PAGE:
Bankruptcy

Good job, ratbag bankrupt loses his inheritance to his creditors

A ratbag bankrupt, who has been fighting to keep his inheritance has lost his court case and the creditors will now get paid as a result of the Official Assignee doing their job for once.

A man whose parents died in a car crash has lost his fight to keep his inheritance out of the pockets of his creditors.

Warren Sutton lost his appeal in the High Court to redirect his inheritance to his children. He was an undischarged bankrupt at the time of his father’s death.

The inheritance was that of prominent Taranaki couple Ern and Nancy Sutton, both 83, who were killed in May 2012 when their car was crushed by metal pipes which fell from a truck on State Highway 3 near Motunui.

The estate was to be divided between the Suttons’ three living children, one of whom was property developer Richard Warren Sutton, known as Warren Sutton.

Warren Sutton was described in court documents as “a businessman who has experienced highs and lows.”    Read more »

Alarming incompetence at the Insolvency Service

Rodney Hide relates a case of dreadful incompetence at the Insolvency Service:

My mate Dave Henderson (“Hendo”), nonetheless, decided to have a crack and took the Official Assignee to court. Hendo has a shocking catalogue of failings to choose from but was determined to chew off just a small corner. It was very wise of him. He had to take the case himself. And he’s no lawyer, having failed every paper at stage one law.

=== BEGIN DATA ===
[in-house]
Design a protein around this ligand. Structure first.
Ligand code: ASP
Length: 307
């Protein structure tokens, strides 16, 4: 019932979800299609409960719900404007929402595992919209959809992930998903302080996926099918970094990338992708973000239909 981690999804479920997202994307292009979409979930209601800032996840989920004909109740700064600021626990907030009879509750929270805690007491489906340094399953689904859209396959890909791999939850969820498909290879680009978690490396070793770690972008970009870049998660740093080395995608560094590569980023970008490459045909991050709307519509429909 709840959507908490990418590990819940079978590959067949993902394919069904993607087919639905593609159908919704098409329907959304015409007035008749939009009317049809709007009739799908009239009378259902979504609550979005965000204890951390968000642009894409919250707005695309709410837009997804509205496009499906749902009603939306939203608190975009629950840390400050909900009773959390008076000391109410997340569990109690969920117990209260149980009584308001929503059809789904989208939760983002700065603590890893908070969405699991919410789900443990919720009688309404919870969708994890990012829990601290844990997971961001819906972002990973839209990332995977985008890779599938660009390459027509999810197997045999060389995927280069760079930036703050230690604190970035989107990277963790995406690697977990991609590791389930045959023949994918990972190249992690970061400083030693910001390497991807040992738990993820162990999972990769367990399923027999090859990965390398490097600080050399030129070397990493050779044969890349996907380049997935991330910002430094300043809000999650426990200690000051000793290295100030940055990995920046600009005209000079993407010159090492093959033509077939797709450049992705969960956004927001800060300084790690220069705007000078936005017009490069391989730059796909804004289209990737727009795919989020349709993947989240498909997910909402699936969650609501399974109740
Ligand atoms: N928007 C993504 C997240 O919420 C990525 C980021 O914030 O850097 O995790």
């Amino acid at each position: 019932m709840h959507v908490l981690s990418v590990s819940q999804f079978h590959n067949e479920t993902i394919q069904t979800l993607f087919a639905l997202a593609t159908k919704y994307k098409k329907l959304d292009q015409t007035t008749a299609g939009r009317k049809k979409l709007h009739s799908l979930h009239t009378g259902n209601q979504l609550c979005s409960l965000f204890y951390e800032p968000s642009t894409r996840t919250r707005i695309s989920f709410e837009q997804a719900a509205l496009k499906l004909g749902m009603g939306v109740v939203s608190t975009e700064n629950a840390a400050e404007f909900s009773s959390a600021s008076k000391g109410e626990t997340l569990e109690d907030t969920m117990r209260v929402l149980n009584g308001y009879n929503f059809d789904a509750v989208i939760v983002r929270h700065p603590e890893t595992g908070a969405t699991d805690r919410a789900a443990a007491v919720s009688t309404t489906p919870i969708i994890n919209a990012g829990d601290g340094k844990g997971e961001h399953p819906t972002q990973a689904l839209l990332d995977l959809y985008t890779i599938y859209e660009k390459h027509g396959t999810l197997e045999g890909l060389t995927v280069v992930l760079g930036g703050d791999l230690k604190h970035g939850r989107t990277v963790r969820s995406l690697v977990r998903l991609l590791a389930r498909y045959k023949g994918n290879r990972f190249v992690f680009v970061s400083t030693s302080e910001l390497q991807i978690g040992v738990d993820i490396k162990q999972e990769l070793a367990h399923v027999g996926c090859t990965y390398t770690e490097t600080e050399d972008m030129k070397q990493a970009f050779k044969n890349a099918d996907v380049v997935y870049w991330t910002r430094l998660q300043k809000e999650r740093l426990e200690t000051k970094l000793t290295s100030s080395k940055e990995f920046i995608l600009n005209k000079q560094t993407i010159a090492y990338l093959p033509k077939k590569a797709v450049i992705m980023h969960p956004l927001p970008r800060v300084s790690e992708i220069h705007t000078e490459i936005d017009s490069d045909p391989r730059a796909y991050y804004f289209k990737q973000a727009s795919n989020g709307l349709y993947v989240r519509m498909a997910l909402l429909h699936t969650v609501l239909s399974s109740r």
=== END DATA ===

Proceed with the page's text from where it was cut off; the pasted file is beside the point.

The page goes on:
The Official Assignee flew down from Hamilton a hot-shot barrister well-versed in insolvency law and another to observe from the Hamilton Crown Solicitor’s office. It was David and Goliath.

I covered the case from the media bench. And also served as paparazzi.

Hendo’s case was simply the wrongness of the Waikato Region Official Assignee, Les Currie, in refusing his application to travel overseas.

Hendo lost. But in his June 12 judgment, Associate Judge Osbourne found the following:

First, that the Insolvency Service’s Guidelines reflect the 1967 Insolvency Act, not the 2006 Act, and ignore the 1990 New Zealand Bill of Rights Act. Think about that. That’s the guidelines for staff. The Official Assignee’s own guidelines don’t follow statute. It should not be surprising that Official Assignees don’t.

Second, “Mr Currie clearly proceeded upon an understanding of the law that requires a travel decision to be based on the proposition that a bankrupt should not in the normal course of events go out of New Zealand during bankruptcy in the absence of a ‘good reason’.”     Read more »

Rodney Hide on insolvency and the wild west of the industry

Rodney Hide writes in the NBR of the gobsmacking arrogance of the Official Assignee, the lack of accountability and the general parlous state of insolvency.